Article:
Sep 30, 2010 Russ Tarby Uncategorized
After three years of playing its home games on gridirons all over the county, the Liverpool High School football team will kick off against Baldwinsville at 7 p.m. Friday Sept. 17 on the newly renovated LHS stadium on Wetzel Road.
The new artificial turf uses sand and crumb rubber infill to create a playing surface as safe as a natural grass surface – perhaps even safer in cold conditions.
On Aug. 24, Mark Potter, the school district’s executive director of secondary education, led an informal walk-through at the new facility for about 40 coaches, district staffers and school board members. Potter was Liverpool’s acting athletic director for three years before Athletic Director George Mangicaro won full reinstatement after a long and controversial suspension.
New turf, track and bleachers
Potter proudly pointed to the brand new eight-lane track, the padded synthetic turf and aluminum bleachers capable of seating more than 2,250 spectators who will enjoy improved sight lines.
The field’s infilled turf is manufactured to resemble natural grass and is stabilized by base materials cushioning the playing surface. Such turf is more durable and convenient than natural grass, which needs constant maintenance.
Potter noted that, on Aug. 22, the Syracuse area was drenched by an estimated four inches of rain.
“Since our new field drains 10 inches an hour, that heavy rain just went right through it,” he reported. “It wasn’t even an issue.”
School Superintendent Richard “Nick” Johns told the Aug. 24 stadium visitors that the project was completed on time and came in $1 million under-budget.
“This is the nicest track I’ve ever seen,” Johns said, “and I’ve replaced plenty of tracks in my career.” The track and field comes with a 10-year warranty, “which is rare,” he added.
No new taxes needed
The new stadium got its start on Feb. 26, 2009. That day – after twice rejecting more expensive stadium projects in 2008 – school district residents approved a $5.8 million renovation and turf project by a vote of 3,684 to 1,474. The overwhelming yes vote was largely due to pre-referendum efforts of some 100 volunteers who worked to inform voters.
The 10-year-old artificial turf stadium had been declared unusable in December 2007 because the field’s surface bubbled after improper material was used as fill beneath the field in the late-1990s. The track, which had laid dormant since 2006, was uneven and unsafe for runners. The bleachers could not pass an insurance inspection code and failed to meet standards set by the Americans with Disabilities Act.
The district spent more than $100,000 each of the past three school years to transport its student athletes, cheerleaders and fans from Liverpool to other facilities.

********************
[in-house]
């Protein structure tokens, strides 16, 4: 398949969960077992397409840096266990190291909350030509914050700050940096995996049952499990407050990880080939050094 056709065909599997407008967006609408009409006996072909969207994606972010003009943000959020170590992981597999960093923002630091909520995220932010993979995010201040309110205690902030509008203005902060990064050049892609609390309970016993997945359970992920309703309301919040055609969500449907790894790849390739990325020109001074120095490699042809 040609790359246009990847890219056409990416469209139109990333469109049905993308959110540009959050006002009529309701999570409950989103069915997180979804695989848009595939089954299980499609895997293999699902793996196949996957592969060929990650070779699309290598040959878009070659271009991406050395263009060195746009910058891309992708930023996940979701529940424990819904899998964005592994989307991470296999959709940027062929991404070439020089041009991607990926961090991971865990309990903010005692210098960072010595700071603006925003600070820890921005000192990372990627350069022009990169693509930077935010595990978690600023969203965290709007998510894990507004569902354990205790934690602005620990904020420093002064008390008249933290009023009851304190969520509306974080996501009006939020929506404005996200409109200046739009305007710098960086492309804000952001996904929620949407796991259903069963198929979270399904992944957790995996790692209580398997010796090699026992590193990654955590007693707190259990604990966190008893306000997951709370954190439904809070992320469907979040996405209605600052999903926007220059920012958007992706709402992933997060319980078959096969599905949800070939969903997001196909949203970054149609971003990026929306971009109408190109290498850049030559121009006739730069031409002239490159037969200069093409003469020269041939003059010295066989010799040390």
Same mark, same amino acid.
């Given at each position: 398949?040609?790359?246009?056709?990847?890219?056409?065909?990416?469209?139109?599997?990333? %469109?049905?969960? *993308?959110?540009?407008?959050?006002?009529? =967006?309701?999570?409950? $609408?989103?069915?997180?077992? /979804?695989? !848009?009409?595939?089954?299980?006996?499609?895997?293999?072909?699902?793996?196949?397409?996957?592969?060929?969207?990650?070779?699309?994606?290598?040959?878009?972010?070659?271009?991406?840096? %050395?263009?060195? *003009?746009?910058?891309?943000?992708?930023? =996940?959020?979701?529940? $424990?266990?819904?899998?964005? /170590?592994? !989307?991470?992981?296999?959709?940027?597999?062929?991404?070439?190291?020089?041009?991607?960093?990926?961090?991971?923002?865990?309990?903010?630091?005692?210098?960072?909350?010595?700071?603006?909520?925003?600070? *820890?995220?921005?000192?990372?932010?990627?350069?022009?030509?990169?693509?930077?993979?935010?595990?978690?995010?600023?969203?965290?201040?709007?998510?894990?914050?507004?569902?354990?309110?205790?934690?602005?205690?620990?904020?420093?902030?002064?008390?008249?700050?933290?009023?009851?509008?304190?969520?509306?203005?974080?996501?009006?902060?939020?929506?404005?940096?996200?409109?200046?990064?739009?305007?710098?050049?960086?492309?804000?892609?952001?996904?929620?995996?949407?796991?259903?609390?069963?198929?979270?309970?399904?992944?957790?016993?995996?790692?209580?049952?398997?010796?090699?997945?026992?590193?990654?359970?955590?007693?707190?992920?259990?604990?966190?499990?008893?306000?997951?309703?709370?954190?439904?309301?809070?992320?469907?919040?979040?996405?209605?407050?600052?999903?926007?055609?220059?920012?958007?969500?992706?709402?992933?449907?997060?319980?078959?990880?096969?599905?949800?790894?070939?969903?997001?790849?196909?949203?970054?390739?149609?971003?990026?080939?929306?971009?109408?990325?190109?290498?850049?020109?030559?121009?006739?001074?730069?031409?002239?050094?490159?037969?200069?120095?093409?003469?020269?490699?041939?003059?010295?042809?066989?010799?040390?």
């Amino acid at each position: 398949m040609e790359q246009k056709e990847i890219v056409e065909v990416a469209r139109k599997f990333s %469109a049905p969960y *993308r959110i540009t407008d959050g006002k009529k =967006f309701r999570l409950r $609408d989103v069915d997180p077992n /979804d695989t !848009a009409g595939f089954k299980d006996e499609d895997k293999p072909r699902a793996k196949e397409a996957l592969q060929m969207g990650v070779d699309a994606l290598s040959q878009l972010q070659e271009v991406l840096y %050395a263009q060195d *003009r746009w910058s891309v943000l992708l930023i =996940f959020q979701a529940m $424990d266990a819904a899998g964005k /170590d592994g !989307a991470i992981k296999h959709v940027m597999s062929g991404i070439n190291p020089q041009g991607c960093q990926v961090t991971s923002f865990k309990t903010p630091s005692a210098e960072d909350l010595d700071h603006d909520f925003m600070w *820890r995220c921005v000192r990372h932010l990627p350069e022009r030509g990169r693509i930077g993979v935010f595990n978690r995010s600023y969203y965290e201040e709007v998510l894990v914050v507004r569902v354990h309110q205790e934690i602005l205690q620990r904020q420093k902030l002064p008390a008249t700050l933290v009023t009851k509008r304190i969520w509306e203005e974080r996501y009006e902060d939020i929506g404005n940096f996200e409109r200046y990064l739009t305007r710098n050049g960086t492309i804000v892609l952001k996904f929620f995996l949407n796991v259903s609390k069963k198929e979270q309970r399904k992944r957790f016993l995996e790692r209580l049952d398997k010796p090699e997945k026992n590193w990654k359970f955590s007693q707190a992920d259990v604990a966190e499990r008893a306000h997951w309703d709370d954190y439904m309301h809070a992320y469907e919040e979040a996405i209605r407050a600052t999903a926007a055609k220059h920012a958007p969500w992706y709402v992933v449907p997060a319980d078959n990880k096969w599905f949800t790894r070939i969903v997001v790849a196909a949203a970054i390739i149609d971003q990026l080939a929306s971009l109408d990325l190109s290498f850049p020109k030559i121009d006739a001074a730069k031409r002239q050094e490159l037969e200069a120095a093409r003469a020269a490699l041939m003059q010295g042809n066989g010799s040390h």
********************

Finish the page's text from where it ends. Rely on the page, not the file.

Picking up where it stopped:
“The public had to understand this project and how the project was being funded,” said school board member Joe Unangst, who also served on the board’s stadium committee. Unangst called the $5.8 million plan “frugal” and “effective.”
The renovation’s supporters reminded voters that the project would not raise taxes. Instead, school officials received $4.2 million in state aid, $1.575 million from a district capital reserve fund and would use $115,000 previously raised through events at the field.
Five Syracuse firms utilized
Bids were awarded by the school board on Aug. 5, 2009, and construction began later that summer. The new turf was laid down this past May. The LHS Marching Band performed on the new field on Aug. 29.
The project was overseen by Ashley McGraw Architects, while design work for the turf, track and bleachers was done by Appel Osborne Landscape Architecture. The structural engineer was Maureen Cregg of C&S Companies, the consulting engineers were from Sack and Associates and the electrical contractor was Ridley Electric. All five of those companies are from Syracuse.
Bovis Lend Lease, a world-wide construction project management firm with offices in Syracuse and Baldwinsville, made sure the contractor, Smith Companies from Whitney Point, met all design specifications.
“It was really a team effort,” said Pete Osborne, a Liverpool resident who’s a partner at Appel Osborne Landscape Architecture, “But we’ve done about 30 of these kinds of projects and the contractor who we’ve used before, Smith Companies, was really outstanding.”
Now that he’s back as athletic director, Mangicaro is spearheading a $500,000 fundraising project to pay for new lights and a new scoreboard with video screen. He has already raised $80,000 in sponsorships, he said.
Now if only the LHS Warriors can vanquish B’ville on Friday…